And there lies a potential loophole.
The Democratic proposal doesn’t put restrictions on the funds DHS could use to step up immigration detentions that originate at the border or at airports. Accordingly, advocates warn, DHS will have an open pathway to locking up ever more people—particularly asylum-seekers apprehended at the ports of entry where they have a legal right to seek asylum—and nothing to stop DHS from raiding other elements of its budget to fund it.
“What the proposal does is put a cap on the number of people who can be detained who were apprehended internally,” within the country, said Mary Small, policy director of the Detention Watch Network. “Meanwhile, there’s no limitation on the number of people who were originally detained by CBP and then turned over to ICE.”
Without that limitation, ICE can continue exceeding the number of detainees in its custody beyond its budget, and continue paying for the facilities required to do so by transferring and reprogramming funds from agencies like FEMA.
A document circulating on the Hill from immigration advocates outlines an alternative way to limit detentions without loopholes. Put a “firm cap on the dollar amount that can be used” for detentions, states the document that The Daily Beast obtained, “prohibiting the transfer or reprogramming of funds” between ICE and DHS, and, crucially, cap “the entirety of the detention system, not distinguished by interior versus border apprehensions.” Ideally, the advocates say, Congress should penalize DHS and ICE should they once again detain more people than legislators have permitted.
But Democrats on the Hill, under pressure both from Trump and the calendar, are unlikely to adopt that language. “While we recognize the concerns of immigration advocates about our proposal, we know that this is the best possible outcome given the political reality that Democrats control only half of one branch of government,” a House Democratic aide told The Daily Beast.
The GOP opposition is already on public display. On Sunday, Trump tweeted that Democrats “don’t even want to take muderers [sic] into custody! What’s going on?”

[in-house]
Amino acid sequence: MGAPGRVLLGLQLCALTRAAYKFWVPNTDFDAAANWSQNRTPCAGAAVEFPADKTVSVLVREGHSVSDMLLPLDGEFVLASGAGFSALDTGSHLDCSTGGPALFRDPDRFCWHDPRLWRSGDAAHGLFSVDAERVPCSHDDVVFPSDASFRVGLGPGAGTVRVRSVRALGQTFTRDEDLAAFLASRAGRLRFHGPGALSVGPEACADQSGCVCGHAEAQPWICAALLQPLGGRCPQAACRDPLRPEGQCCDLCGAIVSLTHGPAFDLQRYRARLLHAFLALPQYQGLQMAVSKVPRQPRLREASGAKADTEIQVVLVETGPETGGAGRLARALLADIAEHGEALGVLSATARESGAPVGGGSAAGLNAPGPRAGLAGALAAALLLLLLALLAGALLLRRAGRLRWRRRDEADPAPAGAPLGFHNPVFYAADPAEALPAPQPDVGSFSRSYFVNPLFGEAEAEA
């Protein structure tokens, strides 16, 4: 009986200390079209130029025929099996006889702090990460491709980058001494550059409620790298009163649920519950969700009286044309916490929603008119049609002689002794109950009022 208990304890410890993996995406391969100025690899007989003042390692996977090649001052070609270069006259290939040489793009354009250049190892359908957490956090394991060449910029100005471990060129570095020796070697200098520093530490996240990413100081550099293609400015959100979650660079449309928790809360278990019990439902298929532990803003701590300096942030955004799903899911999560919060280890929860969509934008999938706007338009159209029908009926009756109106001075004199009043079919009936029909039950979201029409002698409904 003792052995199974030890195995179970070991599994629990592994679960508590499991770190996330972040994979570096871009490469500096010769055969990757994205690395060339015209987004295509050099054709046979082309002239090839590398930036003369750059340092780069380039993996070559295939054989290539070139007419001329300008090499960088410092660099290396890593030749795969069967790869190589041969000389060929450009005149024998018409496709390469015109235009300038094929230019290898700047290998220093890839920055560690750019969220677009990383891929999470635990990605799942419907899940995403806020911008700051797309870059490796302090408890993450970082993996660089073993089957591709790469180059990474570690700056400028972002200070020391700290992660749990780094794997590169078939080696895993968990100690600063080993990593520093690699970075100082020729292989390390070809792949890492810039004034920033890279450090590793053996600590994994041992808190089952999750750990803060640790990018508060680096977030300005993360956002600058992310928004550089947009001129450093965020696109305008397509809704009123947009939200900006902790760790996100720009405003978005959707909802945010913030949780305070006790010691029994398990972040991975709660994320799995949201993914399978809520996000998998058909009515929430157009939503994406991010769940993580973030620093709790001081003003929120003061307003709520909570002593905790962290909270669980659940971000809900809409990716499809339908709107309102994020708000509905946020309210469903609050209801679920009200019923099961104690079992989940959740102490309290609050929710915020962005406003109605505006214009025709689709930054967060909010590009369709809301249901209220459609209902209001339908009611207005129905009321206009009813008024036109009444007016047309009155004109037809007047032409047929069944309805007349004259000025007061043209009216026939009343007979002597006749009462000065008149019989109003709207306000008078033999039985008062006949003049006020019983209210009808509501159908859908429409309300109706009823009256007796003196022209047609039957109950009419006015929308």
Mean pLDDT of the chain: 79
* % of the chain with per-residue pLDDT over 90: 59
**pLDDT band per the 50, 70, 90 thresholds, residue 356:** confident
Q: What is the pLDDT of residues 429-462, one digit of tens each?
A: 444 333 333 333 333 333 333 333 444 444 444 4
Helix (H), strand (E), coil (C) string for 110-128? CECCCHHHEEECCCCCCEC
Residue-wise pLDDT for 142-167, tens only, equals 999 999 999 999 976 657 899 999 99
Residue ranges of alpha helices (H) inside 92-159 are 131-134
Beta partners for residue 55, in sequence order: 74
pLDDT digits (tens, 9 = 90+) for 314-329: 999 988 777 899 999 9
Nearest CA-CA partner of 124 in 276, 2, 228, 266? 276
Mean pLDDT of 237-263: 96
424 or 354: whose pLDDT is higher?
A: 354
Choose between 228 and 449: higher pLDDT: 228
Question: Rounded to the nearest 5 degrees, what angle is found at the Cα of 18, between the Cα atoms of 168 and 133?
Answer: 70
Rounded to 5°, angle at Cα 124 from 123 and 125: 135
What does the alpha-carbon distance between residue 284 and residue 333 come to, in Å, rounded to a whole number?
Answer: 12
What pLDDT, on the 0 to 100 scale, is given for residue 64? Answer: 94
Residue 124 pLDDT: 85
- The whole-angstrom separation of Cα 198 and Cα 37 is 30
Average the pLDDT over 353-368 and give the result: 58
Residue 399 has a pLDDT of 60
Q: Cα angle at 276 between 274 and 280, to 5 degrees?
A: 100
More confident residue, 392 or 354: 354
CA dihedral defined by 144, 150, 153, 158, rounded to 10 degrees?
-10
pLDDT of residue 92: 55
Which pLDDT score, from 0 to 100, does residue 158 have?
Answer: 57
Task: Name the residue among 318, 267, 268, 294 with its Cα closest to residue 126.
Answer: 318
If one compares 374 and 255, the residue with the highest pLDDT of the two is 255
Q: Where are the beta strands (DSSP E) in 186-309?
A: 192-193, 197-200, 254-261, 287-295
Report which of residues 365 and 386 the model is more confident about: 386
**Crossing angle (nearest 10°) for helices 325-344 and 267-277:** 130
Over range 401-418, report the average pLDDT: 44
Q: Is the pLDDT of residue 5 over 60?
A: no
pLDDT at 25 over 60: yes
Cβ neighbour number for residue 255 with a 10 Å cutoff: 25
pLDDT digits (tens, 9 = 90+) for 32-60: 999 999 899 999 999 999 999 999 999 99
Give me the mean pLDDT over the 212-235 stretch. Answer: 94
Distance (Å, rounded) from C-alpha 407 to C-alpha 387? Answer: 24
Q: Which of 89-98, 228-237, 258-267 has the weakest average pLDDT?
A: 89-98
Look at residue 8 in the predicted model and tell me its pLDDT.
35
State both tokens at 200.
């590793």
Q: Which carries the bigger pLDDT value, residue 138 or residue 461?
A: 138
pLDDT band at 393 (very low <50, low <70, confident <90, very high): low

Accordingly, one of the key Democrats in the negotiations, Rep. Lucille Roybal-Allard (D-CA), who heads the homeland-security appropriations subcommittee, put out a statement Sunday blasting “claims that this proposal would allow violent criminals to be released [as] false.” She said the Democratic proposal for capping ICE detentions would force the agency to prioritize targeting “violent felons and other people who pose security risks.”
But Richard Shelby, the Alabama Republican chair of the Senate appropriations committee and the lead GOP negotiator on a government shutdown deal, warned on Fox News Sunday that talks to forestall a shutdown are “stalled” and that Democrats have to be “willing to meet us halfway.”
Still, the Detention Watch Network’s Small warned that the Democratic detention cap already gives ICE a whole lot of what it wants—and if it becomes law, will pave the way for many more immigrants to be locked in ICE’s jails.
“It’s a perfect parallel of what Trump is threatening to do about the border wall,” Smalls said, referring to the president’s frequent threats to declare a state of national emergency that would allow him to use money budgeted for the Department of Defense to construct his long-promised border wall. “ICE is doing the exact same thing, on a slightly smaller, below-the radar-scale.”